application delivery controller (ADC)

What is an application delivery controller (ADC)?

An application delivery controller (ADC) is a network component that manages and optimizes how client machines connect to web and enterprise application servers. In general, a controller is a hardware device or a software program that manages or directs the flow of data between two entities.

An ADC performs load balancing between servers and accelerates applications. As the technology has evolved, newer ADC offerings have expanded functions that surpass traditional load balancers and first-generation ADCs, such as Secure Sockets Layer/Transport Layer Security (SSL/TLS) offloading, rate shaping and firewalls for web applications.

How application delivery controllers work

An ADC essentially functions as a load balancer. It optimizes end-user performance, reliability, data center resource use and security for enterprise applications. But ADCs also perform other functions, such as the following:

  • Application acceleration.
  • Caching.
  • Compression.
  • Traffic shaping.
  • Content switching.
  • Multiplexing.
  • Application security.

An ADC accelerates the performance of applications delivered over the wide area network by implementing optimization techniques, such as application classification, compression and reverse caching.

Typically, an ADC is placed behind a firewall and in front of one or more application servers. It acts as a single point of control that can determine the security needs of an application and provide simplified authentication, authorization and accounting.

diagram of how an application delivery controller works
An application delivery controller directs the flow of data between servers and applications.

ADC features

An ADC can be deployed physically as a hardware appliance or virtually as software, running on an x86 server. Virtual ADCs are particularly useful in large enterprise data centers and cloud computing environments where customers need to be able to scale capacity up and down as application demand fluctuates. These systems also increasingly offer virtualization support, multi-tenancy and forms of central authentication.

Load balancing

ADCs provide Layer 3, 4 and 7 load balancing. In Layers 3 and 4, traffic is distributed based on subnets and IP addresses, TCP session information, protocols and port numbers. Layer 7 capabilities include content load balancing, which distributes traffic based on URL, domain, HTTP header or query. ADCs vary based on the ability to support different applications.


ADCs alternate connections between devices using methods such as round robin, response time or least packets. Modern ADCs use monitoring to determine the health of a server, which is an important step before sending traffic that otherwise might reach an overloaded server. ADC monitoring uses many protocols, including domain name system (DNS), File Transfer Protocol, HTTP, HTTP Secure, TCP, User Datagram Protocol and others.


By carrying out TCP multiplexing, ADCs compress the number of TCP sessions to save network bandwidth, sending multiple signals at the same time. Multiplexing is beneficial for application servers because device load and exchange traffic grow exponentially with new sessions.

Protocol integration

Most ADCs also support integration with the existing network and dynamic routing protocols, such as Open Shortest Path First, Border Gateway Protocol and Virtual Extensible LAN. Additionally, ADCs can take the SSL/TLS processing load off servers, accelerate applications and maintain high availability.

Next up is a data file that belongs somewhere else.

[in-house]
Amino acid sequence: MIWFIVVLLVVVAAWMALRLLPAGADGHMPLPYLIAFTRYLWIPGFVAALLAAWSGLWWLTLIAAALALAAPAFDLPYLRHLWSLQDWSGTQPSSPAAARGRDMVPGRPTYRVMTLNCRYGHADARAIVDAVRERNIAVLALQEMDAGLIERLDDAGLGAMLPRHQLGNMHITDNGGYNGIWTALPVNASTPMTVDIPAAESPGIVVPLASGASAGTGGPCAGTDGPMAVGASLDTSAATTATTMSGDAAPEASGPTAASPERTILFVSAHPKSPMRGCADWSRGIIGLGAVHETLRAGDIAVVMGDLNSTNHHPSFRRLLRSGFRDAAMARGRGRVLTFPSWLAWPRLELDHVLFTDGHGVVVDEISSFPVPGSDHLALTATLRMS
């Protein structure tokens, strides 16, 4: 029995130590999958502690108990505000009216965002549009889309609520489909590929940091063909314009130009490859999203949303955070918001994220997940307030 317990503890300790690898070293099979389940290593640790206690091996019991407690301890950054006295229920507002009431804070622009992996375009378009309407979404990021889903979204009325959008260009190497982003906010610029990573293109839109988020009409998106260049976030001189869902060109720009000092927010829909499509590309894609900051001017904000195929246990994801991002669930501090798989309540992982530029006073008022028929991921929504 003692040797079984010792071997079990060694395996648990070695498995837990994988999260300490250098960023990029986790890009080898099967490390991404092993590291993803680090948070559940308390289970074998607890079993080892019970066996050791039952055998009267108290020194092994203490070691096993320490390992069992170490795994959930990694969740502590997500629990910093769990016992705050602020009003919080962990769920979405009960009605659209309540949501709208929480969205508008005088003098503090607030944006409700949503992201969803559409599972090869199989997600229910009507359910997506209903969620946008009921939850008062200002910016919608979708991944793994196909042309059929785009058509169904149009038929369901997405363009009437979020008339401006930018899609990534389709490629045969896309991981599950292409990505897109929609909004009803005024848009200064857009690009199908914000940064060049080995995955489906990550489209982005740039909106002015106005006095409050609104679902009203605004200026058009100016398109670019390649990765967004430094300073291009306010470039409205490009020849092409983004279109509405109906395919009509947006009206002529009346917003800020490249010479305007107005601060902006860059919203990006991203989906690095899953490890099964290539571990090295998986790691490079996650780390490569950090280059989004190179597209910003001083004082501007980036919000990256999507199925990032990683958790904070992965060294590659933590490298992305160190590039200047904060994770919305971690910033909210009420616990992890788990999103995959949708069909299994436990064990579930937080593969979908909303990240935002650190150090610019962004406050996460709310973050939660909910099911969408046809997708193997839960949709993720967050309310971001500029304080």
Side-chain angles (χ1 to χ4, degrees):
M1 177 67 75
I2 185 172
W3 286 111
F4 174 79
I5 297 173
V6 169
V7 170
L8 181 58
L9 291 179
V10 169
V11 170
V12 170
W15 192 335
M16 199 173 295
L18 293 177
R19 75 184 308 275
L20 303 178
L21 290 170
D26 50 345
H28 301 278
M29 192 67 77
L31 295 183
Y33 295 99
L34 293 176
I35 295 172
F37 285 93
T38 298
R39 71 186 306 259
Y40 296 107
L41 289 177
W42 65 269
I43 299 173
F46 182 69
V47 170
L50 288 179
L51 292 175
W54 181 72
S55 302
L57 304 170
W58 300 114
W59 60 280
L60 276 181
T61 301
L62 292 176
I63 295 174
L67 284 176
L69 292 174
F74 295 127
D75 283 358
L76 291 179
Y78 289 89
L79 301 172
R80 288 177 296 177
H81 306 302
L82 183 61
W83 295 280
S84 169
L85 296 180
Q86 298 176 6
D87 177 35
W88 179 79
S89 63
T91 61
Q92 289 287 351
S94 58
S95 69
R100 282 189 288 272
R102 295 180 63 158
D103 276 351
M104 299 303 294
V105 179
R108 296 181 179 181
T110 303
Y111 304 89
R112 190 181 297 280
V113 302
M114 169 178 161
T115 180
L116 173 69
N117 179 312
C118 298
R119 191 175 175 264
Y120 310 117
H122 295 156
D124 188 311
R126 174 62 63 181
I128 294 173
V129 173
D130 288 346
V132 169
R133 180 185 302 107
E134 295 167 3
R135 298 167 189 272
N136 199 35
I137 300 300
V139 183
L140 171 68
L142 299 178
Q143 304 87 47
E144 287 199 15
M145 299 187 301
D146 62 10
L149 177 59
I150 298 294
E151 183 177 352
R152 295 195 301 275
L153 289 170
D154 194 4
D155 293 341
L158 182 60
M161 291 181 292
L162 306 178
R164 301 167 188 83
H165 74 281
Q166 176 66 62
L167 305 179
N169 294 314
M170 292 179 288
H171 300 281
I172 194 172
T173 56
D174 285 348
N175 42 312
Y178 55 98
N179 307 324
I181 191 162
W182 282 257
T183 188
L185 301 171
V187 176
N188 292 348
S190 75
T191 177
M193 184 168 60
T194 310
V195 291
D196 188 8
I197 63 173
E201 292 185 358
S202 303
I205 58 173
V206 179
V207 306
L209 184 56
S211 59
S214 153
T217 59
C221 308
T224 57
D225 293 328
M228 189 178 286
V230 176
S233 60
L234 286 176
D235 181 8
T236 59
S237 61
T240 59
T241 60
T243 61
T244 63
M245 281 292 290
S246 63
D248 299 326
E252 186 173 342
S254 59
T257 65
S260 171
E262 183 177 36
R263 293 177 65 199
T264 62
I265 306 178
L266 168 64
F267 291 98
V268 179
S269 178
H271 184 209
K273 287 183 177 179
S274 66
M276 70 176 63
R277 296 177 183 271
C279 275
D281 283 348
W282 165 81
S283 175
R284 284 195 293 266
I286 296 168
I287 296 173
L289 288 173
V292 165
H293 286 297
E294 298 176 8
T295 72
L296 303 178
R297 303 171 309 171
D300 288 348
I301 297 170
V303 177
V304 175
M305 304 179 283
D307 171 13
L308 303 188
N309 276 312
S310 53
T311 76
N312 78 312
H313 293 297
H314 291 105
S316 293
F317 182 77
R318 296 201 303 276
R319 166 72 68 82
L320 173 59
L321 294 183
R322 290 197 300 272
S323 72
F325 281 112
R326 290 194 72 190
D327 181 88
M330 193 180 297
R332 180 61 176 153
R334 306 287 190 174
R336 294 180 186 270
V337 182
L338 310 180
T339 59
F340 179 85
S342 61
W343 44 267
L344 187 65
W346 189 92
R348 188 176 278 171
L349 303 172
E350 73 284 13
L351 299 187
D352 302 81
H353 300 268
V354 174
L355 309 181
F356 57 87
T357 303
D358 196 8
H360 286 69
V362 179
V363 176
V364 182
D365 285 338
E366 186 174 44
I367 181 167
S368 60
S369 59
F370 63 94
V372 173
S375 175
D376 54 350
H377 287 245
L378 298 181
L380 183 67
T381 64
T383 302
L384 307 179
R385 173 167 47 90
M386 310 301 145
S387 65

ADC security

ADCs play an important role in network security. Among other benefits, they provide a first line of defense against distributed denial-of-service (DDoS) attacks. ADCs use techniques such as firewall load balancing, intrusion prevention and detection, and web application firewalls (WAFs) to handle DDoS attack traffic and keep that traffic from flooding servers.

In other cases, ADCs can terminate SSL/TLS tunneling attacks. Some ADCs come with a DNS application firewall to stop a sudden influx of traffic to a DNS server.

WAFs are also used to stop cross-site scripting. Depending on the vendor, this feature might be offered as a built-in feature with the ADC license or a special add-on. WAFs can disrupt Structured Query Language injections, eliminate cookie poisoning and protect access to sensitive data.

Some ADCs also offer data loss protection. With this feature, the ADC inspects data to determine if it meets company policies, flagging or blocking data that is malicious or a violation of those policies.

Pros and cons of ADCs

ADCs provide application load balancing, secure application delivery and manage application behavior. They can be installed as hardware or virtualized software, giving enterprises additional flexibility in how they are deployed. They also support the use of dedicated microservices within enterprise environments by managing the internal data traffic generated by these services.

Recent ADC enhancements include support for containerized applications and comprehensive analytics. These upgrades enable enterprises to manage traffic flows within their operations more efficiently. As a result, ADCs offer many more features and improved performance.

As for disadvantages, ADC features are proprietary, so it can be challenging for enterprises to compare ADC offerings. Each ADC processes traffic differently, which might cause performance bottlenecks and other operational issues. Decrypting and offloading SSL/TLS traffic can also consume significant resources.

Editor's note: This definition was written originally by Eamon McCarthy Earls and updated by editors to improve reader experience.

This was last updated in October 2023

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